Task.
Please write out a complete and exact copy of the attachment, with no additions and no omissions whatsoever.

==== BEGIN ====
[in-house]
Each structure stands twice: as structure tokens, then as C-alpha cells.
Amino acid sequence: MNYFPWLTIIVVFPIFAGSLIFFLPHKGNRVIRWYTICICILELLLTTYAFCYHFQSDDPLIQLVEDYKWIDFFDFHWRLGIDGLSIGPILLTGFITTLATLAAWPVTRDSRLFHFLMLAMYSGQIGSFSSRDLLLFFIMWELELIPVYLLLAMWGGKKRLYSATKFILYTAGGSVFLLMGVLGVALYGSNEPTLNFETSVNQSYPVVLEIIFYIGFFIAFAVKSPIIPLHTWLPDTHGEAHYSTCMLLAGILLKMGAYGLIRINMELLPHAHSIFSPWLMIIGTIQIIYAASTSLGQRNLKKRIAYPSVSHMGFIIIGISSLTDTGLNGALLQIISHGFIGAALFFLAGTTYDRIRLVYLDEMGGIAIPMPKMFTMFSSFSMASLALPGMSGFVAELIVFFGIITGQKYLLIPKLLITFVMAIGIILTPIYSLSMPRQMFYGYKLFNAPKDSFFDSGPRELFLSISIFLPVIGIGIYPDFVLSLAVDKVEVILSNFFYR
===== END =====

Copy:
[in-house]
Each structure stands twice: as structure tokens, then as C-alpha cells.
Amino acid sequence: MNYFPWLTIIVVFPIFAGSLIFFLPHKGNRVIRWYTICICILELLLTTYAFCYHFQSDDPLIQLVEDYKWIDFFDFHWRLGIDGLSIGPILLTGFITTLATLAAWPVTRDSRLFHFLMLAMYSGQIGSFSSRDLLLFFIMWELELIPVYLLLAMWGGKKRLYSATKFILYTAGGSVFLLMGVLGVALYGSNEPTLNFETSVNQSYPVVLEIIFYIGFFIAFAVKSPIIPLHTWLPDTHGEAHYSTCMLLAGILLKMGAYGLIRINMELLPHAHSIFSPWLMIIGTIQIIYAASTSLGQRNLKKRIAYPSVSHMGFIIIGISSLTDTGLNGALLQIISHGFIGAALFFLAGTTYDRIRLVYLDEMGGIAIPMPKMFTMFSSFSMASLALPGMSGFVAELIVFFGIITGQKYLLIPKLLITFVMAIGIILTPIYSLSMPRQMFYGYKLFNAPKDSFFDSGPRELFLSISIFLPVIGIGIYPDFVLSLAVDKVEVILSNFFYR